CPT will be an interesting and iconic addition to the skyline, but takeaway its height and it's basically has the warmth of a building in Dallas or Guangzhou (and I really like Smith+Gill as a firm and think their body of work is mostly excellent, but I'm concerned people will see the building and wonder if its Nordstrom's headquarters, rather than looking at it and saying "that's where the rich people live." - which let's face it, is what Extell wants their building to say, and what anyone who buys in that building also wants it say.) Steinway Tower is a stunning, phenomenally rendered piece of tectonic sculpture, but I wonder what it would actually be like to live in such a place. I wouldn't even want to live at 432 Park, even if I had the money. With a RAMSA building there's no mystery. You know what you're getting. I think 220 CPS is a great achievement. I'm not in love with the final design, but I like the ambition of both Vornado and Stern's firm. It's a building that comfortably plays the role of background building seeming almost birthed out of the very fabric of the city, which is very typical of Stern's work. Bjarke's tetrahedron and his stack of cubes at 2 WTC are interesting and compelling but you can only have so many of those before the whole thing gets over-wrought and Dubai-like. I kinda appreciate that with Stern, someone has decided to hold down the fort.
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Old July 8th, 2016, 03:58 PM   #930
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^ A debut that has to be applauded! Great post. Cheers Nyghtscape, you'd enjoy the Classical Architecture forum for sure.


220CP growing its way up the skyscraper forest


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Old July 8th, 2016, 04:12 PM   #931
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Amazing progress!
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Old July 10th, 2016, 08:38 PM   #932
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Old July 10th, 2016, 08:54 PM   #933
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Picture update!

PICTURES BY 600WEST218

July 9th

http://i.imgur.com/ayvJA6o.jpg

http://i.imgur.com/j6YeW2O.jpg

http://i.imgur.com/e5LDL3N.jpg

http://i.imgur.com/Z21vsda.jpg
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Old July 12th, 2016, 12:18 AM   #934
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I dont usually post anymore, but this time I had no choice

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Old July 12th, 2016, 04:21 PM   #935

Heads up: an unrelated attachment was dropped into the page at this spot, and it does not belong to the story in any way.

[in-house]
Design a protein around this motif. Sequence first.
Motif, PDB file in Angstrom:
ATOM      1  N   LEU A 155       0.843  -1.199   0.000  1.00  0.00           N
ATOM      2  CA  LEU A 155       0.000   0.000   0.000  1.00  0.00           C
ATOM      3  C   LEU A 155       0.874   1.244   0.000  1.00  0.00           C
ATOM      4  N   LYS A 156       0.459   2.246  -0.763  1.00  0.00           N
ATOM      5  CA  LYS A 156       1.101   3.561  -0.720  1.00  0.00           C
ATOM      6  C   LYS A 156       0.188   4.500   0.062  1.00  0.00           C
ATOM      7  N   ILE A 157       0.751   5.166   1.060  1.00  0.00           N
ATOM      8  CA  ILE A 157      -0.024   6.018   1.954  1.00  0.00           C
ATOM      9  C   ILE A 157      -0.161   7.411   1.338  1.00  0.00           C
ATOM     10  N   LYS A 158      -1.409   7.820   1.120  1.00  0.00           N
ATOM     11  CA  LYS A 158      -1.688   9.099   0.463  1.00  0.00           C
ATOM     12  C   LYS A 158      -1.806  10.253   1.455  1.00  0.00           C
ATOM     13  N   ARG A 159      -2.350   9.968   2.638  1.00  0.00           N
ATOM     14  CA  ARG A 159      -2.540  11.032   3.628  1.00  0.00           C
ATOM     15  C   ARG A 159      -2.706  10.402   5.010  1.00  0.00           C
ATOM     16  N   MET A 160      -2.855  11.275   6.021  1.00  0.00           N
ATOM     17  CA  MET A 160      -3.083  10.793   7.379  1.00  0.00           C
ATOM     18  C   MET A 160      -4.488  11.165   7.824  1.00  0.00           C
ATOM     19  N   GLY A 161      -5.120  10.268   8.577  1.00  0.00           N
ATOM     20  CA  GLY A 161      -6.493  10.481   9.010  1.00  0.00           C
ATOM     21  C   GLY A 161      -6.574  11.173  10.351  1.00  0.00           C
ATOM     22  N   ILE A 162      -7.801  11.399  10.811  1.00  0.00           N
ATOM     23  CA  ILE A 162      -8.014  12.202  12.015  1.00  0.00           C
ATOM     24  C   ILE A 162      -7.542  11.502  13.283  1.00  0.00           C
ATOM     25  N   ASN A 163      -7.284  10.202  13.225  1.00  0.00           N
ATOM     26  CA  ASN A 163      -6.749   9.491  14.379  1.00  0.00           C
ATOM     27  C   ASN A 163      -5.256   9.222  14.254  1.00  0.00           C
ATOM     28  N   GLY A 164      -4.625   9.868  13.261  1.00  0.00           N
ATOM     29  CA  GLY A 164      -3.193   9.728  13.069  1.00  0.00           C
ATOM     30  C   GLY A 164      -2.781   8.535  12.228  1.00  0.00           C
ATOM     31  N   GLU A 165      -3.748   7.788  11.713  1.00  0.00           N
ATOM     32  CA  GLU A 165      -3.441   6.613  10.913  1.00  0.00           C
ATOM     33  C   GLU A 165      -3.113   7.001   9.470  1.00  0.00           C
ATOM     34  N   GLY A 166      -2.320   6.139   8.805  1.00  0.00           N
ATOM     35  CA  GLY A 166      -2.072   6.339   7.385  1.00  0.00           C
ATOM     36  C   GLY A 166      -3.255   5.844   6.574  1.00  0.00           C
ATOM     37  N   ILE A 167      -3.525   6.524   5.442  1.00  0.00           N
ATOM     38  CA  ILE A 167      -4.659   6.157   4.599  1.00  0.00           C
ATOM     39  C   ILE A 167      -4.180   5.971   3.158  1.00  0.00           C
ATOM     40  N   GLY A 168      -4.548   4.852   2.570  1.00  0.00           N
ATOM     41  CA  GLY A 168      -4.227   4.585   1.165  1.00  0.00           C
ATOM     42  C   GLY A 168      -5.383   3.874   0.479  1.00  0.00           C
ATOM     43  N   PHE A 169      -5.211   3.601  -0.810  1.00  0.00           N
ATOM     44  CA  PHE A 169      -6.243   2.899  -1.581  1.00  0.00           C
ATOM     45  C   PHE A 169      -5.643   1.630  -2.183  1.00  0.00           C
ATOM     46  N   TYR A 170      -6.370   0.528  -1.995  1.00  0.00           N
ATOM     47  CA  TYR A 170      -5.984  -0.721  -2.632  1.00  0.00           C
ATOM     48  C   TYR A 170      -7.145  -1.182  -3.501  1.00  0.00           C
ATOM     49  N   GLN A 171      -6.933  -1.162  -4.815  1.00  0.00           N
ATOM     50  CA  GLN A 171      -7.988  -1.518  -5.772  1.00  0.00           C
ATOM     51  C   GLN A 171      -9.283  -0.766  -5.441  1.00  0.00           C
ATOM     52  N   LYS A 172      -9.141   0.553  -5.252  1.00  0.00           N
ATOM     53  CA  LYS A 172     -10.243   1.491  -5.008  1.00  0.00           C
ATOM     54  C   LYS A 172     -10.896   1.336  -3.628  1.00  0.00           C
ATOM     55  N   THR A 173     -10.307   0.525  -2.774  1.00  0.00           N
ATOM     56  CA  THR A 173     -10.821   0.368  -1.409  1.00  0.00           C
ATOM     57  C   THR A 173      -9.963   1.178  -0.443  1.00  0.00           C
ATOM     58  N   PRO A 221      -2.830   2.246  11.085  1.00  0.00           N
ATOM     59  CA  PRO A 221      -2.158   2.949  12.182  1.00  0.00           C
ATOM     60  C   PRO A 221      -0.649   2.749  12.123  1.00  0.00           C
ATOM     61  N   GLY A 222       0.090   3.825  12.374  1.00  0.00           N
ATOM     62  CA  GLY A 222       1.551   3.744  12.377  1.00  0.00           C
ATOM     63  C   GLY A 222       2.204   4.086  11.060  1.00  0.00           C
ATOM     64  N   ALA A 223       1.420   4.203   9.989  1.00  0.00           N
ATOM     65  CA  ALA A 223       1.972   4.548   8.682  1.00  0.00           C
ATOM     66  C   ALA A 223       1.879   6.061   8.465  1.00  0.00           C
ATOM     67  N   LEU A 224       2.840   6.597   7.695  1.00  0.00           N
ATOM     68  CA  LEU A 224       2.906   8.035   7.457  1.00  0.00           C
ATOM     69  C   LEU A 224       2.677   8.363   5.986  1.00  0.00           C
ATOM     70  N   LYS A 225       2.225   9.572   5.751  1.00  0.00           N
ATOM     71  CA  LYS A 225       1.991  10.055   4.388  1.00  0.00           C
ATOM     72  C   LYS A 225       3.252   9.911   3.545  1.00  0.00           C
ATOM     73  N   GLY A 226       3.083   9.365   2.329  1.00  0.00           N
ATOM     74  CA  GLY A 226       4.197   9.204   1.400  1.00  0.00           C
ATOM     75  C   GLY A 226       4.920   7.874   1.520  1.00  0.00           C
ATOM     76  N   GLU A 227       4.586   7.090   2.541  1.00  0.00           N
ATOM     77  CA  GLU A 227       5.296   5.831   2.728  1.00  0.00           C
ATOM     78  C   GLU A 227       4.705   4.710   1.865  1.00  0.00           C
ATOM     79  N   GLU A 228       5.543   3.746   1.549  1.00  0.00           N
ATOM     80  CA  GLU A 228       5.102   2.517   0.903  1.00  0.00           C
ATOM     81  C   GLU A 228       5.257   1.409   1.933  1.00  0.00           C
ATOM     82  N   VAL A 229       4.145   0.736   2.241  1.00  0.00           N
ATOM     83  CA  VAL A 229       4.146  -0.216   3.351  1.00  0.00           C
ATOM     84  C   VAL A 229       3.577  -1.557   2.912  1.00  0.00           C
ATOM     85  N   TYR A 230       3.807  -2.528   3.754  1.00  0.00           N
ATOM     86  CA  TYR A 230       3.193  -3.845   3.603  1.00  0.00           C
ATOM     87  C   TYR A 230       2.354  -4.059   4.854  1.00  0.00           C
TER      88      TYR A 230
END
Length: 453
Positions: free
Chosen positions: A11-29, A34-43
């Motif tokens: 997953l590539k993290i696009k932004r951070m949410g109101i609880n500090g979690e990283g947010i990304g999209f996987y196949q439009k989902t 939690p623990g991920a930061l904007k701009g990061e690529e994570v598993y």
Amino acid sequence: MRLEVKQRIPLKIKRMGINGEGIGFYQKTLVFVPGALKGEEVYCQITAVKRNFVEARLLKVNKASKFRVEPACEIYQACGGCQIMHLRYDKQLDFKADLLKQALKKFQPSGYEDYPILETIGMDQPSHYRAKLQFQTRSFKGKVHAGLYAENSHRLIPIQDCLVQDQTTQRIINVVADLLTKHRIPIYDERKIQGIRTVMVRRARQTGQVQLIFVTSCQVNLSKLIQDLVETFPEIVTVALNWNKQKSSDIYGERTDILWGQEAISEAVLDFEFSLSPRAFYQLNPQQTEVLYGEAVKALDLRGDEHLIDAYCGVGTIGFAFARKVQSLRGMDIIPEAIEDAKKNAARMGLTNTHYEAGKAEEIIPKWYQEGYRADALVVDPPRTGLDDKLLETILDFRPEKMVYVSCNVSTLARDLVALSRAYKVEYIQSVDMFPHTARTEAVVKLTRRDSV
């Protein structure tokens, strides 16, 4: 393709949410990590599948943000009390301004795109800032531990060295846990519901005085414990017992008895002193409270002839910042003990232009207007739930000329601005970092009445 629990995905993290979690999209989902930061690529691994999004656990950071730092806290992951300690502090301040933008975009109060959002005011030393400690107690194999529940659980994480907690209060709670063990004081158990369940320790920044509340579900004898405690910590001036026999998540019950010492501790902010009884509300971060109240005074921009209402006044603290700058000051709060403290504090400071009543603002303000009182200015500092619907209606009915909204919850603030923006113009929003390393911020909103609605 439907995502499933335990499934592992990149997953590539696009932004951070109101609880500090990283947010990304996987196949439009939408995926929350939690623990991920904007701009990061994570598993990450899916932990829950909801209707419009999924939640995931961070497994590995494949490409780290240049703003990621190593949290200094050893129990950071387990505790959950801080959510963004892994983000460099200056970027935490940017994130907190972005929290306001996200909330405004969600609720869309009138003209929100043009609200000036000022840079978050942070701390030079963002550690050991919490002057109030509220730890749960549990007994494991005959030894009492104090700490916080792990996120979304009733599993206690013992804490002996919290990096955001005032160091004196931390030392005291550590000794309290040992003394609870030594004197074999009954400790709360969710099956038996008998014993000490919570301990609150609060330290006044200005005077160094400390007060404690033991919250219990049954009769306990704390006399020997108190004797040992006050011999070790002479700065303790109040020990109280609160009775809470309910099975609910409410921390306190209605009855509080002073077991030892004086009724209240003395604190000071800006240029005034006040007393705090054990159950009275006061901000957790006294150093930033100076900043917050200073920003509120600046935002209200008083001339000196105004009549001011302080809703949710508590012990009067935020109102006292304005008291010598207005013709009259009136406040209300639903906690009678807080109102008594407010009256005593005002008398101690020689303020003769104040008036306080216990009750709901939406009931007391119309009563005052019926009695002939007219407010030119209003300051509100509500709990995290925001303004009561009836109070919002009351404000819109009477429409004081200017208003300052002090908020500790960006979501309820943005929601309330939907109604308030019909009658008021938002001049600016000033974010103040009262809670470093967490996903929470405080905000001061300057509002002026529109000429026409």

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http://www.nytimes.com/2016/07/12/re...m-fizzles.html
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We are seeking to follow the type of architecture which is good in the sense that it does not of necessity follow the whims of the moment but seeks an artistry that ought to be good, as far as we can tell, for all time to come. -FDR

We shape our buildings; thereafter they shape us. -Winston Churchill
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Old July 12th, 2016, 04:53 PM   #936
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We are seeking to follow the type of architecture which is good in the sense that it does not of necessity follow the whims of the moment but seeks an artistry that ought to be good, as far as we can tell, for all time to come. -FDR

We shape our buildings; thereafter they shape us. -Winston Churchill
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Old July 13th, 2016, 06:37 AM   #937
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Old July 20th, 2016, 06:22 PM   #938
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setback.


DSC08161 by Mike Neilan, on Flickr
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Old July 21st, 2016, 11:49 PM   #939
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I like that building with is proportions and details. When it is finished it will fit perfectly to that place in the context with the surrounding an the Central Park.
A bit of old style tranferred in to new times. And in the end it seems to be a building that must be there since at least 50 years. Not like 432 Penn.
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Old July 21st, 2016, 11:52 PM   #940
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half has been made